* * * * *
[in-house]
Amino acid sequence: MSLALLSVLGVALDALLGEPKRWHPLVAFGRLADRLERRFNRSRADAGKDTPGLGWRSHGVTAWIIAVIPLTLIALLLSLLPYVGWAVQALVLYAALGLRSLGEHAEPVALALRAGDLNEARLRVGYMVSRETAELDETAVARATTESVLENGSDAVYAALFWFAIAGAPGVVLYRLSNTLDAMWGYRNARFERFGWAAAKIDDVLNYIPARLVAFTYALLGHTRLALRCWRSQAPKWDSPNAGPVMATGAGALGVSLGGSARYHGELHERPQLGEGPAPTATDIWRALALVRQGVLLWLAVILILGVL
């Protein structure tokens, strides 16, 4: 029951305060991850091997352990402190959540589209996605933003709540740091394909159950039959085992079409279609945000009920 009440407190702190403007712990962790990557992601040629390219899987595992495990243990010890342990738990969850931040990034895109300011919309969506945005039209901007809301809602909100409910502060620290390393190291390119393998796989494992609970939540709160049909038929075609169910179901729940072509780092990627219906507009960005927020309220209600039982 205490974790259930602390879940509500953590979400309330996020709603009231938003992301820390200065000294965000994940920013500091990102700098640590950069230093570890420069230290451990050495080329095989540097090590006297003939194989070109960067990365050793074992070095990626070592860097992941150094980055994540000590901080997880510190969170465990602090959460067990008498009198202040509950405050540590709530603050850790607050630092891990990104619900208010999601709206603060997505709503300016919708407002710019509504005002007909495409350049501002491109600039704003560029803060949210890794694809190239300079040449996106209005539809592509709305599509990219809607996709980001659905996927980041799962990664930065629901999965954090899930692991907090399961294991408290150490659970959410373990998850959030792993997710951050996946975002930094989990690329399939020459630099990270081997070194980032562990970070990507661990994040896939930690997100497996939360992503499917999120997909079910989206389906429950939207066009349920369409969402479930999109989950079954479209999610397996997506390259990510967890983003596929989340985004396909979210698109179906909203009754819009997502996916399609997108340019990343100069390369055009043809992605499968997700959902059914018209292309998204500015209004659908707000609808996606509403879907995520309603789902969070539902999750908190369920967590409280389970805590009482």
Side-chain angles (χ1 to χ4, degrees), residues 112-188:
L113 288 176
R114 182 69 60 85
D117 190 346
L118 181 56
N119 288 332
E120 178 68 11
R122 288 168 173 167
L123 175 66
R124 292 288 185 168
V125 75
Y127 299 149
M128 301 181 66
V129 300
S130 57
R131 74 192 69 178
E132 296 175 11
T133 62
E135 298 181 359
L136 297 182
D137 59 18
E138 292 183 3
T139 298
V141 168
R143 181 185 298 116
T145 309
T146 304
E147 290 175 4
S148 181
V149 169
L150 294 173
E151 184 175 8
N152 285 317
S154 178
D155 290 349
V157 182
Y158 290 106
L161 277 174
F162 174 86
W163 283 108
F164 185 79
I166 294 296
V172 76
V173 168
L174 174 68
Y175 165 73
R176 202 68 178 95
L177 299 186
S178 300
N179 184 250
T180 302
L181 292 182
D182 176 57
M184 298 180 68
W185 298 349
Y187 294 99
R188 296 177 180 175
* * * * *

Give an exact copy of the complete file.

[in-house]
Amino acid sequence: MSLALLSVLGVALDALLGEPKRWHPLVAFGRLADRLERRFNRSRADAGKDTPGLGWRSHGVTAWIIAVIPLTLIALLLSLLPYVGWAVQALVLYAALGLRSLGEHAEPVALALRAGDLNEARLRVGYMVSRETAELDETAVARATTESVLENGSDAVYAALFWFAIAGAPGVVLYRLSNTLDAMWGYRNARFERFGWAAAKIDDVLNYIPARLVAFTYALLGHTRLALRCWRSQAPKWDSPNAGPVMATGAGALGVSLGGSARYHGELHERPQLGEGPAPTATDIWRALALVRQGVLLWLAVILILGVL
């Protein structure tokens, strides 16, 4: 029951305060991850091997352990402190959540589209996605933003709540740091394909159950039959085992079409279609945000009920 009440407190702190403007712990962790990557992601040629390219899987595992495990243990010890342990738990969850931040990034895109300011919309969506945005039209901007809301809602909100409910502060620290390393190291390119393998796989494992609970939540709160049909038929075609169910179901729940072509780092990627219906507009960005927020309220209600039982 205490974790259930602390879940509500953590979400309330996020709603009231938003992301820390200065000294965000994940920013500091990102700098640590950069230093570890420069230290451990050495080329095989540097090590006297003939194989070109960067990365050793074992070095990626070592860097992941150094980055994540000590901080997880510190969170465990602090959460067990008498009198202040509950405050540590709530603050850790607050630092891990990104619900208010999601709206603060997505709503300016919708407002710019509504005002007909495409350049501002491109600039704003560029803060949210890794694809190239300079040449996106209005539809592509709305599509990219809607996709980001659905996927980041799962990664930065629901999965954090899930692991907090399961294991408290150490659970959410373990998850959030792993997710951050996946975002930094989990690329399939020459630099990270081997070194980032562990970070990507661990994040896939930690997100497996939360992503499917999120997909079910989206389906429950939207066009349920369409969402479930999109989950079954479209999610397996997506390259990510967890983003596929989340985004396909979210698109179906909203009754819009997502996916399609997108340019990343100069390369055009043809992605499968997700959902059914018209292309998204500015209004659908707000609808996606509403879907995520309603789902969070539902999750908190369920967590409280389970805590009482």
Side-chain angles (χ1 to χ4, degrees), residues 112-188:
L113 288 176
R114 182 69 60 85
D117 190 346
L118 181 56
N119 288 332
E120 178 68 11
R122 288 168 173 167
L123 175 66
R124 292 288 185 168
V125 75
Y127 299 149
M128 301 181 66
V129 300
S130 57
R131 74 192 69 178
E132 296 175 11
T133 62
E135 298 181 359
L136 297 182
D137 59 18
E138 292 183 3
T139 298
V141 168
R143 181 185 298 116
T145 309
T146 304
E147 290 175 4
S148 181
V149 169
L150 294 173
E151 184 175 8
N152 285 317
S154 178
D155 290 349
V157 182
Y158 290 106
L161 277 174
F162 174 86
W163 283 108
F164 185 79
I166 294 296
V172 76
V173 168
L174 174 68
Y175 165 73
R176 202 68 178 95
L177 299 186
S178 300
N179 184 250
T180 302
L181 292 182
D182 176 57
M184 298 180 68
W185 298 349
Y187 294 99
R188 296 177 180 175